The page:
The American Civil War from the vantage point of London.
Oct 17, 2011, Vol. 17, No. 05 • By JONATHAN LEAF
If Foreman has a hero in her tale, besides Abraham Lincoln, it is Britain’s minister to Washington, Lord Lyons, a diffident and socially awkward figure who tended to identify his servants by their shoes as he did not like looking them in the eye. He consistently advised Palmerston to avoid making a decision on the recognition issue. This routine, in which Palmerston repeatedly delayed implementing a shift in policy, eventually proved definitive: By 1864 the Union had a million-man army, and at that point, Britain no longer had confidence it could defeat the North if war between the two countries broke out.
A World on Fire does raise a larger question: Why were Anglo-American relations so fraught, prior to 1861—and why have they been, ever since, so close? The puzzle is made more confounding by a simple fact: When the Civil War began there were two-and-a-half million British subjects living in America. Many were not-yet-naturalized Irish and Canadian immigrants rather than people from Great Britain itself. Still, this number represents nearly 9 percent of the total white population of the North and South. The role of the British consuls during the war was as much tied to acting on behalf of nationals serving in the two armies (or captured and held prisoner) as it was to exchanging diplomatic messages. And as Foreman shows, Britons served in important roles in both armies.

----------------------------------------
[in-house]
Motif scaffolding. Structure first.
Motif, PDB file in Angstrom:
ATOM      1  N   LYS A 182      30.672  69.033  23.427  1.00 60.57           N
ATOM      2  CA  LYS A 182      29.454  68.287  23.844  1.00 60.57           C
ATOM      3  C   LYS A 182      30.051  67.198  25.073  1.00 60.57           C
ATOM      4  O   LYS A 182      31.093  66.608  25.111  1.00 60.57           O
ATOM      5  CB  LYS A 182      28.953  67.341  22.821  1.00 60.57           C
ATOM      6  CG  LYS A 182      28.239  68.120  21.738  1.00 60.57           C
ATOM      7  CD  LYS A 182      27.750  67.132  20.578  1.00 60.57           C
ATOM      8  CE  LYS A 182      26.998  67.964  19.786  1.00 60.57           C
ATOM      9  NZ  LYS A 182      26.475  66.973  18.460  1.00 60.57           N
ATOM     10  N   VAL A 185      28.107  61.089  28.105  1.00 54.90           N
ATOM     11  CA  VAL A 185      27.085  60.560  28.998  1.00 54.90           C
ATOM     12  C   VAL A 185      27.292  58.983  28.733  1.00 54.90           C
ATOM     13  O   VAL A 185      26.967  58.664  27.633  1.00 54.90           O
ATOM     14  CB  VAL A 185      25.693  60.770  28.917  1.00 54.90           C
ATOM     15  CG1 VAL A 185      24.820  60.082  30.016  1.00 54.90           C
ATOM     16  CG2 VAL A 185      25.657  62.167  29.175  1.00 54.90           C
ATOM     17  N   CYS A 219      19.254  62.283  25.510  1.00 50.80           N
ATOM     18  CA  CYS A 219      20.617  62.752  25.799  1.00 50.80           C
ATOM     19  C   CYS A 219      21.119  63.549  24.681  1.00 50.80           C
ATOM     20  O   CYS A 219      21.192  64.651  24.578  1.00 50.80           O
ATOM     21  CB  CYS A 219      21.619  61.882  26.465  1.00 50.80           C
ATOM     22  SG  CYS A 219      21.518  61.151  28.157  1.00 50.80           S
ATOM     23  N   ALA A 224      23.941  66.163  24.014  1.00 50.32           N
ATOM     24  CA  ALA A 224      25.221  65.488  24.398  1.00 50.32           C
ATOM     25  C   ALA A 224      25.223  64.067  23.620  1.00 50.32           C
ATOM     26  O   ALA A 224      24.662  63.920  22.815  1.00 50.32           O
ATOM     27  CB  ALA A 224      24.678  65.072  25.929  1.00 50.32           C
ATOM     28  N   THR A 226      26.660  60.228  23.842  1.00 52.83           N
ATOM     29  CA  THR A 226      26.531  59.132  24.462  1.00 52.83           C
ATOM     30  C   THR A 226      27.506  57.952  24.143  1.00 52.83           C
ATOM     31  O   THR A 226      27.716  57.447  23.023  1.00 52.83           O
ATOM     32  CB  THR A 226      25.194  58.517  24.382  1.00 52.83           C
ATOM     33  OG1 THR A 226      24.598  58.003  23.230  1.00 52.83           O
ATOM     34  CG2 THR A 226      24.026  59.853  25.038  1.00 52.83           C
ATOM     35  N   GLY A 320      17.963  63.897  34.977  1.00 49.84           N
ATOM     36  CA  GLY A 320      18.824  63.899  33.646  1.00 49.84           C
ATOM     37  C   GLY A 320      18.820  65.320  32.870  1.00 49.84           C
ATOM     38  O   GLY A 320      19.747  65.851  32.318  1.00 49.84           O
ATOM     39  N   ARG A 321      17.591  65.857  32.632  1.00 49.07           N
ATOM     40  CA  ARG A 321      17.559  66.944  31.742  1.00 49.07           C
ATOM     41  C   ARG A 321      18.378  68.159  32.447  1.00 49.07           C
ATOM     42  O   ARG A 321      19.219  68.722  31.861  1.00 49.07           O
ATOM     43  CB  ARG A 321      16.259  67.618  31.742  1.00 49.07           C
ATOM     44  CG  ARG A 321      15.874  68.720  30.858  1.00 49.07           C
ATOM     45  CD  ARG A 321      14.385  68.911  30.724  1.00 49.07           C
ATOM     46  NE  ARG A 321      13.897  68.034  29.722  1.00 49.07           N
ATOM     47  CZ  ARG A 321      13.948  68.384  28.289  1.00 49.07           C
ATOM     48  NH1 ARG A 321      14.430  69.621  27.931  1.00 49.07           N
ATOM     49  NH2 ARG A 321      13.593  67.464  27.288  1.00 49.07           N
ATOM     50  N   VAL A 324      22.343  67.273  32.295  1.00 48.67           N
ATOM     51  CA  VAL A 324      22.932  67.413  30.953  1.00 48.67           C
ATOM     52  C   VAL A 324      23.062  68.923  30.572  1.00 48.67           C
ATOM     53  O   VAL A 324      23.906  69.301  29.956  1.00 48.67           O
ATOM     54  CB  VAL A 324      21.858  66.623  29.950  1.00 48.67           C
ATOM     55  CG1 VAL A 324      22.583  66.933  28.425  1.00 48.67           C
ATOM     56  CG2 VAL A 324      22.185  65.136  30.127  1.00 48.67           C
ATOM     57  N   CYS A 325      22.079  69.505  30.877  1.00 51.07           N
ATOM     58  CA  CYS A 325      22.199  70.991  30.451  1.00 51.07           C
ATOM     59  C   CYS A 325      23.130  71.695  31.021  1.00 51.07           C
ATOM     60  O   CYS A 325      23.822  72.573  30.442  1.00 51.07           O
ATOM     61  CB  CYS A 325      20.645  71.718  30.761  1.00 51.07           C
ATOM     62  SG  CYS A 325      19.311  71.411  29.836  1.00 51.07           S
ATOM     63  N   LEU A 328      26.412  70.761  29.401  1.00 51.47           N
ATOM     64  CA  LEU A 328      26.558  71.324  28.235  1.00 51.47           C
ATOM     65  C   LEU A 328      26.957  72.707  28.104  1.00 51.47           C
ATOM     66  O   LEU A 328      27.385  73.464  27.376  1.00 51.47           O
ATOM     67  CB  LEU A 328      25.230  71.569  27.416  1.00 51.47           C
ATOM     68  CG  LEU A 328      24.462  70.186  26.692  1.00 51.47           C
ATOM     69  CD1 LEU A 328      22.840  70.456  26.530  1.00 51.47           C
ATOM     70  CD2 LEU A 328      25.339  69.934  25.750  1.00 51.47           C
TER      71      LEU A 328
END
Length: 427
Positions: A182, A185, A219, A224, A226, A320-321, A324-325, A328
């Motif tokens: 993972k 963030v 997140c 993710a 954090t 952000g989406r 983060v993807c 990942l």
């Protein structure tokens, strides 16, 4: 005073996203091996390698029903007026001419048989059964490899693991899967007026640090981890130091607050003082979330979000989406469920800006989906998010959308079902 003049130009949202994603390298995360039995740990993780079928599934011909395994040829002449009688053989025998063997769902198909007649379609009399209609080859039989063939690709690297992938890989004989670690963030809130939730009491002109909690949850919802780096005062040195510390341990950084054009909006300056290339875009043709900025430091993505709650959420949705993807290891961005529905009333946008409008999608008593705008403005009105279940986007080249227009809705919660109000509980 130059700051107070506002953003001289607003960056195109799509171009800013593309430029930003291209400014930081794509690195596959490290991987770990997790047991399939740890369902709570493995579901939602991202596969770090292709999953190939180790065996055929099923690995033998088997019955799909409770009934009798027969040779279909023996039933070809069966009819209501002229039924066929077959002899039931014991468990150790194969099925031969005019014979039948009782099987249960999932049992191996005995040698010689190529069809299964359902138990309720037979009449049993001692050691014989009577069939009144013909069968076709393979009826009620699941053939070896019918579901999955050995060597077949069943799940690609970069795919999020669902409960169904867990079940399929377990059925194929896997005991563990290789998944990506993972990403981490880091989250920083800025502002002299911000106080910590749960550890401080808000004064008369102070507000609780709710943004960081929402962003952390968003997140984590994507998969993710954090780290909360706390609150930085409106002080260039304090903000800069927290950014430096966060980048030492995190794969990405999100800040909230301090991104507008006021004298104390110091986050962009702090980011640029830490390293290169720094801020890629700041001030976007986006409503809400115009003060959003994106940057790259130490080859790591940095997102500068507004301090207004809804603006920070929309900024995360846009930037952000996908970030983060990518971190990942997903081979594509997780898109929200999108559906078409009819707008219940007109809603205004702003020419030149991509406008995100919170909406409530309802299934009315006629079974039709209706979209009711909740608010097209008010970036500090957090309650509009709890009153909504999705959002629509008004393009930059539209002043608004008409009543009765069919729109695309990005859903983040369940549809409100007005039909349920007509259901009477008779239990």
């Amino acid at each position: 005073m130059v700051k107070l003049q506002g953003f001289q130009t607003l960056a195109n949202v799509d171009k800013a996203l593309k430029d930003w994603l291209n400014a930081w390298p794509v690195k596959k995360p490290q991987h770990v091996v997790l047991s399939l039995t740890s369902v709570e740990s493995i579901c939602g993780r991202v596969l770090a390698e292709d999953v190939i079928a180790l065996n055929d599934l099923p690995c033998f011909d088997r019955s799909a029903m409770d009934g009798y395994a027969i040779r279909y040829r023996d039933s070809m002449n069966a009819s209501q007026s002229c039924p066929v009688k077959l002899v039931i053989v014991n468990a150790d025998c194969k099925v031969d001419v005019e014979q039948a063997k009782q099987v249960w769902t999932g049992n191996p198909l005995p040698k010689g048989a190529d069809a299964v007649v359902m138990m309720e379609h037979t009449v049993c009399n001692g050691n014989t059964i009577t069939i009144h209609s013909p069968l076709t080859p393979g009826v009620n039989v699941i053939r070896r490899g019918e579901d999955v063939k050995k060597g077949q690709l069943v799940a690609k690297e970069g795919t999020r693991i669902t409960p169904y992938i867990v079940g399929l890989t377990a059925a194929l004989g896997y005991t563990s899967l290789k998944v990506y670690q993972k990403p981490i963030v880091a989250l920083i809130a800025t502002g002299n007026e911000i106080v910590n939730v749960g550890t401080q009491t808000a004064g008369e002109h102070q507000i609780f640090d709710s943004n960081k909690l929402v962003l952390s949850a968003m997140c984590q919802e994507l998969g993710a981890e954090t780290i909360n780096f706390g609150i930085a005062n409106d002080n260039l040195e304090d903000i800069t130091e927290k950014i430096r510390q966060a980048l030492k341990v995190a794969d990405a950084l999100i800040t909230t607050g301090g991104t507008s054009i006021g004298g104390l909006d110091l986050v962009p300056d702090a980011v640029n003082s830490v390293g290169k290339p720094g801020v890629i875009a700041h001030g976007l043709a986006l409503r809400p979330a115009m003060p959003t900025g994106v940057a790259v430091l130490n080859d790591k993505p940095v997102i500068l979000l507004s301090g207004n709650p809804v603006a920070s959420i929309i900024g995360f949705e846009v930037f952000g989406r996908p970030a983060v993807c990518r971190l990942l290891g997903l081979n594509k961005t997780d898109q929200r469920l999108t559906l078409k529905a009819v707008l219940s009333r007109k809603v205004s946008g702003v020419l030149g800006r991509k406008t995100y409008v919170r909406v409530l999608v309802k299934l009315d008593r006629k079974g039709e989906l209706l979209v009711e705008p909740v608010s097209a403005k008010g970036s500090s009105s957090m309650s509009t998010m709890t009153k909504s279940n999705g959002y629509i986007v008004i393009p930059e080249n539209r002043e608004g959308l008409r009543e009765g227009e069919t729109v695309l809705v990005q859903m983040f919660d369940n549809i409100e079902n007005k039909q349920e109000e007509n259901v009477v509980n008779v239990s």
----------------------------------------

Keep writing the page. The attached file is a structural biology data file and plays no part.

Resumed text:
If there is any single lesson to be gleaned from all this it is that “soft power” is only of use when applied to representative governments, and even then its value is modest. That Northern soldiers sang “John Brown’s Body” as they marched had no influence on the machinations of Napoleon III. And even in Britain, the moral dimension of the American Civil War had limited influence on the views and allegiances of the educated public. Then, as now, the more reliably significant factors in wartime were national wealth and creditworthiness, strength of arms and industrial capacity.
Jonathan Leaf is a playwright in New York.